Knowing which Tax Form to Use

The Internal Revenue Service prepares numerous tax forms that taxpayers rely upon to report income, claim credits and deductions and report their tax liability. Which forms you use, and the tax breaks you might claim on them depend in large measure on your employment status, whether you’re self-employed or work for someone else and whether you’re reporting transactions for your tax preparation or use by others.

Though there are many, we profile here some generally common tax forms you might need.

W-2

The W-2 reports your wages and salaries amounts withheld for federal, state and local income taxes and Medicare and Social Security. This form also carries significance beyond tax law, specifically in employment disputes or when an employer is charged based on an employee’s actions. If the employer defends on the grounds that there is no employer-employee relationship, the existence of a W-2 represents strong proof of such a relationship.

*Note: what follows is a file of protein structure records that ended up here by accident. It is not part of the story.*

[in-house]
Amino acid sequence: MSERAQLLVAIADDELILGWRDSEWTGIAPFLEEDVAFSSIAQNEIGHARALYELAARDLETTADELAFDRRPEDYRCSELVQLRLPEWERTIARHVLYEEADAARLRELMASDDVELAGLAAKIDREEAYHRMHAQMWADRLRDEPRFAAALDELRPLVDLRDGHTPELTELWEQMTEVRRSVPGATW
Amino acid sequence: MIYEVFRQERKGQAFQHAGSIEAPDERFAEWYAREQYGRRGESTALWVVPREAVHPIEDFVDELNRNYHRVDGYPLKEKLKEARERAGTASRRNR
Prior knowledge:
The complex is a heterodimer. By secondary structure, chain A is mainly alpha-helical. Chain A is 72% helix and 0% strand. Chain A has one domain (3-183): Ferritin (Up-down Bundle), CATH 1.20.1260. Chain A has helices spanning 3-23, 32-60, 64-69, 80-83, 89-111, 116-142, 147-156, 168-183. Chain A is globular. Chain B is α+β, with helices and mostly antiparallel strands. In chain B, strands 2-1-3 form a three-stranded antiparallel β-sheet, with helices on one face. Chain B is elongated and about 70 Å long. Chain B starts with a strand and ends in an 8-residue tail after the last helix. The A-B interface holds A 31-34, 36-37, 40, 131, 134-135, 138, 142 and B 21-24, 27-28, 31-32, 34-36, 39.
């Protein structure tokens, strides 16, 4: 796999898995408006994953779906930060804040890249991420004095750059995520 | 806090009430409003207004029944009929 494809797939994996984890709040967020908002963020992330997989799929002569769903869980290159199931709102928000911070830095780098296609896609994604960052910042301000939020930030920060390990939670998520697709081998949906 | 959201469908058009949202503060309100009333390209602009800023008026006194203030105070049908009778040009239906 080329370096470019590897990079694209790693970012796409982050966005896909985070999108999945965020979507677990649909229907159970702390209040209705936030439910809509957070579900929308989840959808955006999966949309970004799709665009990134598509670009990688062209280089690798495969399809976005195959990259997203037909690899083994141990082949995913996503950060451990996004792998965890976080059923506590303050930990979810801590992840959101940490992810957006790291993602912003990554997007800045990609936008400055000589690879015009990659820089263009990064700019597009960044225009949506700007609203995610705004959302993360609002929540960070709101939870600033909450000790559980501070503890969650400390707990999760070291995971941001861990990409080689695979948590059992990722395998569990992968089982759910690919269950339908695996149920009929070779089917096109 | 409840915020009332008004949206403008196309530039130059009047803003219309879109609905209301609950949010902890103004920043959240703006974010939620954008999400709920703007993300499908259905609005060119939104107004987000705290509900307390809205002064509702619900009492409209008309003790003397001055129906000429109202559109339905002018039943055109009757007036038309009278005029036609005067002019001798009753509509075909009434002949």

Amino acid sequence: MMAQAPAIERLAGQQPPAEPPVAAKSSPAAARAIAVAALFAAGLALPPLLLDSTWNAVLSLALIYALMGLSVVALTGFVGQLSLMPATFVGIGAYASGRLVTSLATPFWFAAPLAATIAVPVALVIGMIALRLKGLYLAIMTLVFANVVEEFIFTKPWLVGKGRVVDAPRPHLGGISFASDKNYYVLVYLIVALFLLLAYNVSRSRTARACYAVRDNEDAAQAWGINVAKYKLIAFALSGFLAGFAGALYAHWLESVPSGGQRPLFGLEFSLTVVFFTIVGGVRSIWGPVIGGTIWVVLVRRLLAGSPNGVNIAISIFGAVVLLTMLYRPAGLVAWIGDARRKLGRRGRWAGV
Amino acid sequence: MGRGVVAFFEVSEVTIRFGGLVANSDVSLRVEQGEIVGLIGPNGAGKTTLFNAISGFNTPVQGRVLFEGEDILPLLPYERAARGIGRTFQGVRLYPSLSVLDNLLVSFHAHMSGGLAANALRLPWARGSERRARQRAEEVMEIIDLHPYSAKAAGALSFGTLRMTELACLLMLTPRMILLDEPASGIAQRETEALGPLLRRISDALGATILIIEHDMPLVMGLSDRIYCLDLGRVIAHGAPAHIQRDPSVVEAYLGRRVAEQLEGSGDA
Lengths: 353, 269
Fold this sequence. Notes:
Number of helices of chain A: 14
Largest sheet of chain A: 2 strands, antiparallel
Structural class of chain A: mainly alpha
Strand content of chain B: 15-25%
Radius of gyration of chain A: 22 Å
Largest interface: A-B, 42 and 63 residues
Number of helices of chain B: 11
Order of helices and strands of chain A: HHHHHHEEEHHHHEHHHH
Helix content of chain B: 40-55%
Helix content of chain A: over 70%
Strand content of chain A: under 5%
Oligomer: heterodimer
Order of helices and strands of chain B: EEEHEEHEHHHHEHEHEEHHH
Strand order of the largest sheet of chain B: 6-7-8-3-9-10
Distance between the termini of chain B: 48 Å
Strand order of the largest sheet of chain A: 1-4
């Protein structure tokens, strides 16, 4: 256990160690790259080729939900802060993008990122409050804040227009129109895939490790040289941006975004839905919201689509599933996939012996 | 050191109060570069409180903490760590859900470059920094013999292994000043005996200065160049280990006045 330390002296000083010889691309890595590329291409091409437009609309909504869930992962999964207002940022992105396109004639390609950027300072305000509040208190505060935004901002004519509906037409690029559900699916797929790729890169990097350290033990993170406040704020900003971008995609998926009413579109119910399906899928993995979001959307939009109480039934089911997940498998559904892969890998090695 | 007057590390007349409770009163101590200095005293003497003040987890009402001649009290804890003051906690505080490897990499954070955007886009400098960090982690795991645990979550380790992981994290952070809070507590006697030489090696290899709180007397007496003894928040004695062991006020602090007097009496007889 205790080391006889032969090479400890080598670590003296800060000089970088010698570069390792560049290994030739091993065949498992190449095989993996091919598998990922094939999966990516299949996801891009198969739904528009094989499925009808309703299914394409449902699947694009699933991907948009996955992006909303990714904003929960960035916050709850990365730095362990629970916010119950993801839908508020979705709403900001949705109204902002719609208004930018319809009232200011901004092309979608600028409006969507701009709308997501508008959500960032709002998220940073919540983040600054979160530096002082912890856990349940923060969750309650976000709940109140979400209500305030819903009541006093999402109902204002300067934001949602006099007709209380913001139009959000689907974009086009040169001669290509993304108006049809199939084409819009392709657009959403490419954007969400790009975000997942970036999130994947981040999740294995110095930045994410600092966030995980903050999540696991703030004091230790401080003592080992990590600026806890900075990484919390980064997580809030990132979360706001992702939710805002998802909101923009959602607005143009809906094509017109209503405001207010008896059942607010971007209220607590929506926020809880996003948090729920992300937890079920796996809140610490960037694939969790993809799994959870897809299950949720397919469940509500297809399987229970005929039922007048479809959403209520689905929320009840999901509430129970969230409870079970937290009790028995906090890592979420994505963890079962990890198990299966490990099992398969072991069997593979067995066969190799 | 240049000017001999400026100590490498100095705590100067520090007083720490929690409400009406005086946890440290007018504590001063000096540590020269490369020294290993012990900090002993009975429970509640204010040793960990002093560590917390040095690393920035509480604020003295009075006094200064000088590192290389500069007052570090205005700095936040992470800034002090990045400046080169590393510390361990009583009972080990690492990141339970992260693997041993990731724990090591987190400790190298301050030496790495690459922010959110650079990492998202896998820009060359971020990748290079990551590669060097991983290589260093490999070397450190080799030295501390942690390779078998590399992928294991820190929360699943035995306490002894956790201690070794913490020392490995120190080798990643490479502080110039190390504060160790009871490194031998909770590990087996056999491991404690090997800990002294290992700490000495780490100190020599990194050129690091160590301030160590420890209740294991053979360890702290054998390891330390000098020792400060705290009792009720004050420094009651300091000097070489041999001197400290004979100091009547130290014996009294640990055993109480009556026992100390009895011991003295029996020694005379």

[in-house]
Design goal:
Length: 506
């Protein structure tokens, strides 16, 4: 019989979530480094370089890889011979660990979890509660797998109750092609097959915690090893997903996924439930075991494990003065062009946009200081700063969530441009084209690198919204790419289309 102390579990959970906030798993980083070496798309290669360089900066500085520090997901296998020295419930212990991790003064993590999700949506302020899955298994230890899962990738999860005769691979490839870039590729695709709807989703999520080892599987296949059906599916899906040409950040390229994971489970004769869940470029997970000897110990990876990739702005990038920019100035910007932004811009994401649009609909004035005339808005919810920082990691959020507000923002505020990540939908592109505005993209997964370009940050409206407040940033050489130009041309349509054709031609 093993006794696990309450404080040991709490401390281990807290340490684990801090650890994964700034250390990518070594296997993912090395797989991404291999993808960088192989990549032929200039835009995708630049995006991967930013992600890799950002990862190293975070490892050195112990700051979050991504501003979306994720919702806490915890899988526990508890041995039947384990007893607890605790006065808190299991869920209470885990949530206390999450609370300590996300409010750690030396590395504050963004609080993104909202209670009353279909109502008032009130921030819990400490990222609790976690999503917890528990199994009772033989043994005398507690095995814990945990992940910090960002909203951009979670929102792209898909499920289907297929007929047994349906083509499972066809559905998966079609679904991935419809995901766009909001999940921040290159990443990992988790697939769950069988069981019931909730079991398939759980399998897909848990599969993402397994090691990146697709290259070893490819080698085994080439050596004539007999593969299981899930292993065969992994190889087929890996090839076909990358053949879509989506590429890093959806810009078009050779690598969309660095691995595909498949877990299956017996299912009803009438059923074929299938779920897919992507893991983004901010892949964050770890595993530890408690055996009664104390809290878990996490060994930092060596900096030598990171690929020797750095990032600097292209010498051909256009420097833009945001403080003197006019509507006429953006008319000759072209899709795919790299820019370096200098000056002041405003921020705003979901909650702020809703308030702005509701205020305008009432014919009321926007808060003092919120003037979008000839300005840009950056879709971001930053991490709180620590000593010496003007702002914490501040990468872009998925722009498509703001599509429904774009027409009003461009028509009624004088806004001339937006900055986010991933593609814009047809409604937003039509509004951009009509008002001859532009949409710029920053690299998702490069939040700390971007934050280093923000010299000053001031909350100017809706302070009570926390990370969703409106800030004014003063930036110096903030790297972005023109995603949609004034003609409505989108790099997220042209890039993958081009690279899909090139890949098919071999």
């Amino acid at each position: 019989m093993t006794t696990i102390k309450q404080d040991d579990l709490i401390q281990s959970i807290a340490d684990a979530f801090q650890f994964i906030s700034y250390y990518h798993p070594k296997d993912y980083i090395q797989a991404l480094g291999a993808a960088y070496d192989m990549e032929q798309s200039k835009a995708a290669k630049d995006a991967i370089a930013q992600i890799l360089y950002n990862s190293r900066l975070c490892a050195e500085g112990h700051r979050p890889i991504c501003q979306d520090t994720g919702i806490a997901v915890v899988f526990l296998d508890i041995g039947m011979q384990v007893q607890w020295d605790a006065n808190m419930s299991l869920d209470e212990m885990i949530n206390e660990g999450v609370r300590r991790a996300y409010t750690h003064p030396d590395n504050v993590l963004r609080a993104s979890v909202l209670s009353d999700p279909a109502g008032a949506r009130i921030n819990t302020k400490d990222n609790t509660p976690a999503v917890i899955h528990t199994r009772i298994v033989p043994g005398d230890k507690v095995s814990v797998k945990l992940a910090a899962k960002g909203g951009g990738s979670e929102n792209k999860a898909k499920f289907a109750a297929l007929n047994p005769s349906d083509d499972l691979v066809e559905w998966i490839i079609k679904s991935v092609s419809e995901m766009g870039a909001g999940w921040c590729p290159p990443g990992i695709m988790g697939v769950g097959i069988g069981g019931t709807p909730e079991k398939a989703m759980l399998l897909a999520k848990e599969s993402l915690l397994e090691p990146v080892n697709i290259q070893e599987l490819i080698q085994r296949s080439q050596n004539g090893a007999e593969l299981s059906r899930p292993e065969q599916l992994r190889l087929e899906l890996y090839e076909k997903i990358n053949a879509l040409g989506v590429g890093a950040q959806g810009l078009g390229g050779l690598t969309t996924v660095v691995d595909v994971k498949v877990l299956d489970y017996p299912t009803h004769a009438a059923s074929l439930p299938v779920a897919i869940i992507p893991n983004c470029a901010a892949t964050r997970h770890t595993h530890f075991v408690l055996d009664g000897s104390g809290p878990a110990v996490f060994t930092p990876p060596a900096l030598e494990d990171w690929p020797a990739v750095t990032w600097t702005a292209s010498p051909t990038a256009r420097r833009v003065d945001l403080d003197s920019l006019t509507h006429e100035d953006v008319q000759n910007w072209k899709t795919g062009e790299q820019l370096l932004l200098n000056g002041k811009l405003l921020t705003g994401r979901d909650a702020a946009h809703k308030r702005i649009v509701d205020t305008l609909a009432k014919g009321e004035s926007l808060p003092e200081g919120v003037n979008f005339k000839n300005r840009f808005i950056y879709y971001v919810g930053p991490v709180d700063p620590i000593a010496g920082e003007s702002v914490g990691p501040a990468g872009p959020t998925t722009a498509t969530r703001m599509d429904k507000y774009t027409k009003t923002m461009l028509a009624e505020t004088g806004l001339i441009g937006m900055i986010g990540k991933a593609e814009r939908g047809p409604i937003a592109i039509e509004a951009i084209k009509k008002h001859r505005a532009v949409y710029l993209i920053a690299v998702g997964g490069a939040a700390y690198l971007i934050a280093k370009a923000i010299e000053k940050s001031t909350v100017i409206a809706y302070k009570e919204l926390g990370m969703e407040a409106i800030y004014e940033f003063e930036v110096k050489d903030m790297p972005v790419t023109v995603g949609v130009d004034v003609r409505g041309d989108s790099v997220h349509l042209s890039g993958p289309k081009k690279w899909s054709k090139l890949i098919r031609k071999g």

Form 1099-INT

Banks and other financial institutions use this form to tell the IRS how much interest your accounts earned in the year. The interest from U.S. Savings Bonds and other tax-exempt bond issuers, such as local or state governments, also appears on the form. If the interest on an account does not exceed $10, though, you won’t get a Form 1099-INT.

Get Acquainted with Form 1040

We have in-depth pages that discuss Form 1040, Form 1040NR, and Form 1040NR-EZ in detail.

Form 1040 is the most common, but the most complex, of all individual tax forms. Knowing which type of Form 1040 you need is very essential.

Schedule A

By default, the IRS gives you a “Standard Deduction” from taxable income. You may claim itemized deductions as an alternative to the Standard Deduction, and Schedule A affords the mechanism for calculating and claiming them. On Schedule A, you have categories such as charitable deductions, state and local government taxes, employee business expenses, medical expenses, unreimbursed property losses, and mortgage interest.